Fox // 2008 // 86 Minutes // Rated G
Reviewed by Judge Dennis Prince (Retired) // December 24th, 2008
Now what have we here,
All you people milling about?
And, why, in my court
With such a need to shout out?
What's this you say about an elephant named 'Horton'
And a film needing 'story' that, you say, it's too short on?
Then take a seat now and let us get started.
We'll see about this movie some claim is half-hearted.
Let the record reflect, on some fifteenth of May,
That a pachyderm discovered his purpose that day.
He was minding his business, happy and free,
When he heard a faint noise from a speck that was wee.
Others said, "Fool! There's nothing possibly there!"
Still Horton looked after the speck with great care.
He coddled it and kept it, secure on soft clover.
For it was a tiny community of Whos Horton nobly looked over.
He didn't quite know how he'd adopted these folks -- or why,
But he had to convince others of the Whos presence, or at least try.
In the jungle, the citizens treated Horton with derision.
A kangaroo, in particular, felt she should make a decision.
She'd make an example of this elephant freethinker.
She'd put a stop to his rantings, save minds with which he'd tinker.
Especially the youngsters who'd surely believe him -- hook, line, and sinker.
On the speck, a Mayor fretted, knowing Who-ville was in danger.
The other Whos, however, didn't like this mood-changer.
The Whos lived in happiness every day of their life.
They didn't take kindly to this boob spouting strife.
Both on speck and off, then, two troubled beings brooded.
An elephant and a Mayor, both of whom concluded,
That unless others accepted an existence in there,
It could cause social aloofness or, at least, be unfair.
All people are important, Horton championed the call.
A person's a person, no matter how small.
So the two carried on, their burdens quite weighty,
While an unenlightened audience looked on, most born after 1980.
The once powerful analogy of humanity -- a mere speck,
Was now buried under a heap of modern references and dreck.
As is typical with these dreaded big-studio adaptations,
Horton Hears a Who! is the latest of these "progressive" aberrations.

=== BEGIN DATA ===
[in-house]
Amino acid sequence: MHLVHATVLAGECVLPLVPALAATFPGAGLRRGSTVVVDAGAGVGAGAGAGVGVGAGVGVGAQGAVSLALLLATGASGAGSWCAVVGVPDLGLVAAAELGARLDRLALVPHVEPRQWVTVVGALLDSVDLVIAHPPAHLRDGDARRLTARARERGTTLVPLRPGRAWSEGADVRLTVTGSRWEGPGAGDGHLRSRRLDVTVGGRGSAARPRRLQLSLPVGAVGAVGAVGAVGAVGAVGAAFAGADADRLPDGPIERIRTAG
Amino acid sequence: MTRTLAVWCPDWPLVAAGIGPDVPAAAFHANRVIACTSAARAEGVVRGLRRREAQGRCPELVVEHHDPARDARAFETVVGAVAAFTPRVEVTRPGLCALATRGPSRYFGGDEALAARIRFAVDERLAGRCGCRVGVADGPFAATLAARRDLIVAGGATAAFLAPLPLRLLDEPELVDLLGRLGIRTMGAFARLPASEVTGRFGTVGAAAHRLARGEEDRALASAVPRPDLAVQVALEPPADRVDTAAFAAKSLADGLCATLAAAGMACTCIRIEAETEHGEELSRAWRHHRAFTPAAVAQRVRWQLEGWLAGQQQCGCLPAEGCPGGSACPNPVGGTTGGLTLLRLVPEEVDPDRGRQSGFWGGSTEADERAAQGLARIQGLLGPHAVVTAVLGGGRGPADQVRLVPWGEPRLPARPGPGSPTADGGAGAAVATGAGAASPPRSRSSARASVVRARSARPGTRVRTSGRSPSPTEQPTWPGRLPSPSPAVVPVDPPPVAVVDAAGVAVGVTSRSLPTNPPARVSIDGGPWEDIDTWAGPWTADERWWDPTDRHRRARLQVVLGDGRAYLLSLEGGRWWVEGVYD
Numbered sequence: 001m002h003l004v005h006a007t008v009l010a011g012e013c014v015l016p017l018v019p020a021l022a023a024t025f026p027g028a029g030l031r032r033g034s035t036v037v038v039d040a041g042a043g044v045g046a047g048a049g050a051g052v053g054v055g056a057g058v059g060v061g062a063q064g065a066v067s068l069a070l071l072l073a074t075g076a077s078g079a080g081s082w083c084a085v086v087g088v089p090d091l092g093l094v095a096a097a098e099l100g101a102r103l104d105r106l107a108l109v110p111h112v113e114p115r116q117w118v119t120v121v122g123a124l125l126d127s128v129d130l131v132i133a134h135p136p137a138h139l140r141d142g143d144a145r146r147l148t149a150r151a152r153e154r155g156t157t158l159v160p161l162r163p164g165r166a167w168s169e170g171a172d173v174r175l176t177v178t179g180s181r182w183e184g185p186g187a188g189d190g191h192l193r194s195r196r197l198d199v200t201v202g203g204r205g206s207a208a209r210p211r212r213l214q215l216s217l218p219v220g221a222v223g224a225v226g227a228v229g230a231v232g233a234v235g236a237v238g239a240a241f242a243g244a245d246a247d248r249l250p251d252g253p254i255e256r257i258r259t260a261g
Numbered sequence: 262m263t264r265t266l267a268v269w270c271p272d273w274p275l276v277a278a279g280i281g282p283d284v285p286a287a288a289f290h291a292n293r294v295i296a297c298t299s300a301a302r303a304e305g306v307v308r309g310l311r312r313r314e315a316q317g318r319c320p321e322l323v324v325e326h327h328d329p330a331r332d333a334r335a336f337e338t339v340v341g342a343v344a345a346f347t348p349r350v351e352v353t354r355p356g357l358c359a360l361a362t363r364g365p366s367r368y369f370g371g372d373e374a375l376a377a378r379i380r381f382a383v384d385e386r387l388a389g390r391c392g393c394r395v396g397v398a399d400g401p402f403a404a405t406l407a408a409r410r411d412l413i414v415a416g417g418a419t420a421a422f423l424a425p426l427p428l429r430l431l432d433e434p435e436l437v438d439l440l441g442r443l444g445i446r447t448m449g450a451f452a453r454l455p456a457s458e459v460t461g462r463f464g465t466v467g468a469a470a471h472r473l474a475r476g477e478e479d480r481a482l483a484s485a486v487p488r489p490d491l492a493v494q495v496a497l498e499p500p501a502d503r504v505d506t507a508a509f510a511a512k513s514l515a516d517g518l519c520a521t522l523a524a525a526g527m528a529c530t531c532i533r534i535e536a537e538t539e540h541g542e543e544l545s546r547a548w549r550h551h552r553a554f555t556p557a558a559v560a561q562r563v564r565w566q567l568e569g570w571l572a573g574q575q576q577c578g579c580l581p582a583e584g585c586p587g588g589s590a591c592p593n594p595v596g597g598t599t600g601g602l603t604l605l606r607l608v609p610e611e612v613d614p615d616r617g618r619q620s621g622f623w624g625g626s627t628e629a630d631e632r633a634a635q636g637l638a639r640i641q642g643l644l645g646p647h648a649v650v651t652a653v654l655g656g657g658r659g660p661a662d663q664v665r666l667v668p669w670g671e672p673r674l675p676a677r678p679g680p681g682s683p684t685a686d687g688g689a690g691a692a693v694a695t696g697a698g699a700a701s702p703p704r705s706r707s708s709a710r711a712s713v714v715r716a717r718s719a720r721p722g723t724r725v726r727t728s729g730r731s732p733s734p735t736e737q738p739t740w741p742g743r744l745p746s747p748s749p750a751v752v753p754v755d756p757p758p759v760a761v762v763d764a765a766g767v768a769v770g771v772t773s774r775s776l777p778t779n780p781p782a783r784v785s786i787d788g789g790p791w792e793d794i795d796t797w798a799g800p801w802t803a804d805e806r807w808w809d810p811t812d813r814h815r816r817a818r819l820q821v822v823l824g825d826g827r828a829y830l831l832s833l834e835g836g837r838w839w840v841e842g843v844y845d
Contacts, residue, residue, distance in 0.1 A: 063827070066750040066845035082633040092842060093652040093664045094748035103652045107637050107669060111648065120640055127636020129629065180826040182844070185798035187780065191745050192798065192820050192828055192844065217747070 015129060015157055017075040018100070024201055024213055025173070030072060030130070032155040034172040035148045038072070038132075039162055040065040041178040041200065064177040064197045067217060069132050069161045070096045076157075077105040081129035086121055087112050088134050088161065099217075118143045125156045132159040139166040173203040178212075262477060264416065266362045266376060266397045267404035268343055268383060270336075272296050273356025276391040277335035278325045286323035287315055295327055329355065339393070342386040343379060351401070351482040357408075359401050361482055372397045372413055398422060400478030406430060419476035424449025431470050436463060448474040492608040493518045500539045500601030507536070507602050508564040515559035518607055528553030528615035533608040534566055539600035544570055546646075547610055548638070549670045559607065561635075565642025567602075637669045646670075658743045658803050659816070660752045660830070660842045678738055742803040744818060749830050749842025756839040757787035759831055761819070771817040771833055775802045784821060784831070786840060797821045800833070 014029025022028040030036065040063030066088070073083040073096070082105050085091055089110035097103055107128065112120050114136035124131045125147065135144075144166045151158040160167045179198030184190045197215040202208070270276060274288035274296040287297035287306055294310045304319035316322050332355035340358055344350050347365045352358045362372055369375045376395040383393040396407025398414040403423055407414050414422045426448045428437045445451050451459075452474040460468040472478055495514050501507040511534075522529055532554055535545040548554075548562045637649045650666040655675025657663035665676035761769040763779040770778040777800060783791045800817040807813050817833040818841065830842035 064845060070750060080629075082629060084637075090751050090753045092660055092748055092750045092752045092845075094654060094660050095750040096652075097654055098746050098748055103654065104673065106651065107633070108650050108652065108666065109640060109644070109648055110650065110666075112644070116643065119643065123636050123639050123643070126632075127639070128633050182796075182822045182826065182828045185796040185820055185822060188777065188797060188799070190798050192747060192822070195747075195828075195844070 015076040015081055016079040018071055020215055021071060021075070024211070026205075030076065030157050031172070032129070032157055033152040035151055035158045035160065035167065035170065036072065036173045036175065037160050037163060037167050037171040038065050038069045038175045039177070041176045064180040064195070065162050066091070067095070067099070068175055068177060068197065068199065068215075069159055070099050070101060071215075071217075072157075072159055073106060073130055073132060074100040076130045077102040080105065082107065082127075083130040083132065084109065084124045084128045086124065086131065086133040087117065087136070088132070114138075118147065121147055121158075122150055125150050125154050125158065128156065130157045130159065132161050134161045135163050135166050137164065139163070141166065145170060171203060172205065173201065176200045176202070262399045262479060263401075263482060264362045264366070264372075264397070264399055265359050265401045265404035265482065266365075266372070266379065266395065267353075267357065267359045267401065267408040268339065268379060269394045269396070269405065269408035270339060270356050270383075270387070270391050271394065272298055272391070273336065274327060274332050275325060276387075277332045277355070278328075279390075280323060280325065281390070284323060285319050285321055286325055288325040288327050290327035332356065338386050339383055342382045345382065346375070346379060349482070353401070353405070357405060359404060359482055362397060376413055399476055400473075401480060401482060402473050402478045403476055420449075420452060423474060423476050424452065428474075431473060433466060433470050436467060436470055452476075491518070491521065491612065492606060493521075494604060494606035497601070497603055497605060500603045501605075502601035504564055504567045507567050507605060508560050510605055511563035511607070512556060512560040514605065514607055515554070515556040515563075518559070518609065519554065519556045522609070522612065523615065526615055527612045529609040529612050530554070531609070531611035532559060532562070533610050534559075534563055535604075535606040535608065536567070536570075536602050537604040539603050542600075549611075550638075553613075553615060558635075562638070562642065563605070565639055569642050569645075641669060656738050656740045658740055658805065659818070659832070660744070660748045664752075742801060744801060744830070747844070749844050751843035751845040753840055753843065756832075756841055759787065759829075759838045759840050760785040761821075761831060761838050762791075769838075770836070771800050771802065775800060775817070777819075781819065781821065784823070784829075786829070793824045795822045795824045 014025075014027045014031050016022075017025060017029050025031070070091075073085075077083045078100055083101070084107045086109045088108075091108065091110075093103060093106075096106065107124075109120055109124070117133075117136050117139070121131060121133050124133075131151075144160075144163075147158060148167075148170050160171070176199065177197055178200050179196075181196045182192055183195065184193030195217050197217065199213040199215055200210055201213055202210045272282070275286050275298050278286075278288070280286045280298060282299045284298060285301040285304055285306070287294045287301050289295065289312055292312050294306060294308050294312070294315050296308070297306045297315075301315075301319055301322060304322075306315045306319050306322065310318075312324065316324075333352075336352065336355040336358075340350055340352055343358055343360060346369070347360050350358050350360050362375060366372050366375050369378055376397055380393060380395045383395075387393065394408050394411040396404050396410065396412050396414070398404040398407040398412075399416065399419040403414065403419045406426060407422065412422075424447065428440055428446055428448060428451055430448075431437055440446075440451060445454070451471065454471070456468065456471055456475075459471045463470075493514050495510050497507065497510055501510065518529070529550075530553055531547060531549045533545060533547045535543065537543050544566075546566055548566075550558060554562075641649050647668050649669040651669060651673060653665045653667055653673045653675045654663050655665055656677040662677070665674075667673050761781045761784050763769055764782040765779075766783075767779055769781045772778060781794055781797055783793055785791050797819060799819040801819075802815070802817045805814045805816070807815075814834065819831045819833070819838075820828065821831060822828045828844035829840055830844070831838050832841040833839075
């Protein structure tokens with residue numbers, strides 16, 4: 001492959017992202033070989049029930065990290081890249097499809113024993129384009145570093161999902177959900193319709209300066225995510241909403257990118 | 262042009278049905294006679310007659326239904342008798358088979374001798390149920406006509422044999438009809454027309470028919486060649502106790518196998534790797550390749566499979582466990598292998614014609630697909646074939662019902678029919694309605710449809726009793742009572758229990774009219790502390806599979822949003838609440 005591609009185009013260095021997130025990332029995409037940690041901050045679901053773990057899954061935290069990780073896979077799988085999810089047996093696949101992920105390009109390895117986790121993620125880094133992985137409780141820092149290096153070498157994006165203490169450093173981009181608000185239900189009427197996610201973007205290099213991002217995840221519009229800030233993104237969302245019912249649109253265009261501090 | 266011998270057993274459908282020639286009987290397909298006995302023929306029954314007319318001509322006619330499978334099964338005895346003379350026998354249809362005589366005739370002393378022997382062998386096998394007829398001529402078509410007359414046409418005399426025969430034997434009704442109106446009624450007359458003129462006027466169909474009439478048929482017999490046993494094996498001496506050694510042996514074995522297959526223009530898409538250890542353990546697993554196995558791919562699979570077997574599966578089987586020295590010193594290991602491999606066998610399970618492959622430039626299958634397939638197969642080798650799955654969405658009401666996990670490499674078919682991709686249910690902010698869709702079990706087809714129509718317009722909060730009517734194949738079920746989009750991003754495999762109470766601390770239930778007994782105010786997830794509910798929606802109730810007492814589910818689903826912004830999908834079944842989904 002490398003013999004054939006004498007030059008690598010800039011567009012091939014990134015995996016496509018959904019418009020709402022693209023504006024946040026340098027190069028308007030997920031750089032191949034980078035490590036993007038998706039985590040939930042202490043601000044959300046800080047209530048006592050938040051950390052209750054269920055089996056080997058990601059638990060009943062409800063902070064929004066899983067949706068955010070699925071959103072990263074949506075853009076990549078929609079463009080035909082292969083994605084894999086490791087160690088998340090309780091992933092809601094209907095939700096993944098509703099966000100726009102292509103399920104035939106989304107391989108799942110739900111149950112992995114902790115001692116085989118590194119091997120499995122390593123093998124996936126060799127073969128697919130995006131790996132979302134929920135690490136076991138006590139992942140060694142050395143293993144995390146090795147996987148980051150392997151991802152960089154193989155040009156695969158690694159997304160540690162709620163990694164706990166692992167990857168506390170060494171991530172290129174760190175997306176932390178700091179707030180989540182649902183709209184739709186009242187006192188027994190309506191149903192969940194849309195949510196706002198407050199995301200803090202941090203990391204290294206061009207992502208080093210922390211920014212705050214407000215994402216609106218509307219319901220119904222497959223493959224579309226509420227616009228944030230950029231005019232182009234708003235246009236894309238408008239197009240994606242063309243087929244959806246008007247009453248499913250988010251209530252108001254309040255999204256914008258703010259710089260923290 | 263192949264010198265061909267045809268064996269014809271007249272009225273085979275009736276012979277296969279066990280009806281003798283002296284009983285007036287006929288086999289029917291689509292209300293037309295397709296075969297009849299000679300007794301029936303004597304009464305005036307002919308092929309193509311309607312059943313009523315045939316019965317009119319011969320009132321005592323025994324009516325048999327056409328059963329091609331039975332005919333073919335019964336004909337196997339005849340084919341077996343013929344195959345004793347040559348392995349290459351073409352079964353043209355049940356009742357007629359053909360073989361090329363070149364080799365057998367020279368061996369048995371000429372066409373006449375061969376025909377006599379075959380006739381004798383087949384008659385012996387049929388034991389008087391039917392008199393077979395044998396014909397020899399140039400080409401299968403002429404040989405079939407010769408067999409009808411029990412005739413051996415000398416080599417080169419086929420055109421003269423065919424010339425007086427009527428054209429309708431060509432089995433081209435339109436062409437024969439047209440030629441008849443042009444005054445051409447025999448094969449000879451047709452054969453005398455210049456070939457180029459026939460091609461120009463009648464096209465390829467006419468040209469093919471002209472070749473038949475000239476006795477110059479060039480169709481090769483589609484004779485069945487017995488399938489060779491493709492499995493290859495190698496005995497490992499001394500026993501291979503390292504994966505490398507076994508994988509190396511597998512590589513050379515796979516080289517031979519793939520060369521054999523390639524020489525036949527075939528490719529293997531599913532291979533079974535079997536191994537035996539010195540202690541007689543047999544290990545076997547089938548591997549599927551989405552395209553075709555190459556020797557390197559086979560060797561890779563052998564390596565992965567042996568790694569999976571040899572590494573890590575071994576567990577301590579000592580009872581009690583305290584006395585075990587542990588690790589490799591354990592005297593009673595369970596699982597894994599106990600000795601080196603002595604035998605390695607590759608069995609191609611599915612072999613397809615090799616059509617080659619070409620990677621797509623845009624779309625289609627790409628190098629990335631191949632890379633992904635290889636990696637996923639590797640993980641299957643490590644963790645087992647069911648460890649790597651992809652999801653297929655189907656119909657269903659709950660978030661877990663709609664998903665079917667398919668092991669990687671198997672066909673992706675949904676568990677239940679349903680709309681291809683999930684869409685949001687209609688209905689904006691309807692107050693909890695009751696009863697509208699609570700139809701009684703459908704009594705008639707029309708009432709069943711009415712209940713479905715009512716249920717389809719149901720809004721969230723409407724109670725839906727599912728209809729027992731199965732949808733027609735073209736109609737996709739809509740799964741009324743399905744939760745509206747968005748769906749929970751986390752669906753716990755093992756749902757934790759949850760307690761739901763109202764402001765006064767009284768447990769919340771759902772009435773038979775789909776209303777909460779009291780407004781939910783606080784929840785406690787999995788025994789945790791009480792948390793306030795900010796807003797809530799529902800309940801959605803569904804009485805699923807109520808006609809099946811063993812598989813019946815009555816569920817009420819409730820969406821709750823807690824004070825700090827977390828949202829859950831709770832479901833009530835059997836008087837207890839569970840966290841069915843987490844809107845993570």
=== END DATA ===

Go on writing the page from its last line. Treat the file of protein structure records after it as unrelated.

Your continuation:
Oh, the animation is splendid, the rendering top notch,
But it's the content of the affair that makes it a botch.
Older people, you'll find, know of Horton as a hero.
While younger folks never heard of him once -- that's right, zero.
But Horton, the elephant, was twice put to use,
By a writer of children's books, the beloved "Dr. Seuss."
Words were his paints, the page was his easel.
Poignant storytelling his specialty (though his real last name was Geisel).
Horton was admirable, to hear his stories I'd beg,
like this one, and that other time when he'd hatched a bird's egg.
A role model of sorts, with a trunk and big ears,
And these particular stories have been favorites for years.
Seuss wrote rhythmic lessons using anapestic tetrameter like a
A complicated term that makes reading sound better, just so you know.
For fifty-three years he wrote books to delight us,
Forty-seven as Seuss, with his goal to unite us.
An artist and writer and man of conviction,
Seuss was reluctant to license his work beyond his own fiction.
Even so, he agreed to some animated features,
A cartoonist himself who enjoyed fantastical creatures.
But this film is so full of hip and trendy new flair,
And the wannabe Geisel's show they really don't care.
References to pop culture and political disjoint,
Have burdened the noble elephant to an irrelevant point.
Gone is the story of a brave and caring soul,
And in place of its original heart, just a hole.
The voices are given by Jim Carrey and Steve Carell,
And they both perform their inflective tasks reasonably well.
Out of place seems Seth Rogen, his work usually adult-themed,
But, as a voice actor, he enjoys himself, or so it seemed.
"But how does it look?" the courtroom implores,
And, finally, here's where this disc earns high scores.
The image is stunning, the codec AVC,
The resolution is lifelike, take it from me.
Black levels are solid, the contrast well done,
The color's well rendered, this is eye-candy fun.
But what will you hear when listen to Horton?
It's a great DTS track all discs should be sportin'.
The HD Master Audio mix is most impressive,
From ambient sounds to a low-end that's aggressive.
Dialog and music is balanced and level,
Sonically, it's the stuff in which Blu-ray fans revel.
Extra goodies abound, on the swelling single disc,
With a filmmaker's commentary that's informative and brisk.
Eight featurettes are next, some compelling, some droll,
Plus many more elements that, by the clock, take a toll.
And don't forget the BD-exclusive here too,
A picture-in-picture feature to watch alongside a real Who.
By the end of the disc, this courtroom must say,
Horton Hears a Who is, well, just OK.
It's technically astute but narratively lacking,
And a verdict of "rent it" is this judge's best backing.
Court is adjourned without proclamation of guilt,
But, clearly, this isn't of the world that Seuss built.
Review content copyright © 2008 Dennis Prince; Site layout and review format copyright © 1998 - 2014 HipClick Designs LLC
Scales of Justice
* 1.85:1 Non-Anamorphic (1080p Widescreen)
* DTS HD 5.1 Master Audio (English)
* Dolby Digital 5.1 Surround (French)
* Dolby Digital 5.1 Surround (Spanish)
Running Time: 86 Minutes
Release Year: 2008
MPAA Rating: Rated G
* Director's Commentary
* Ice Age 3 sneak preview
* Ice Age short: Surviving Sid
* Deleted footage
* We Are Here! game
* Digital Copy
* Official Site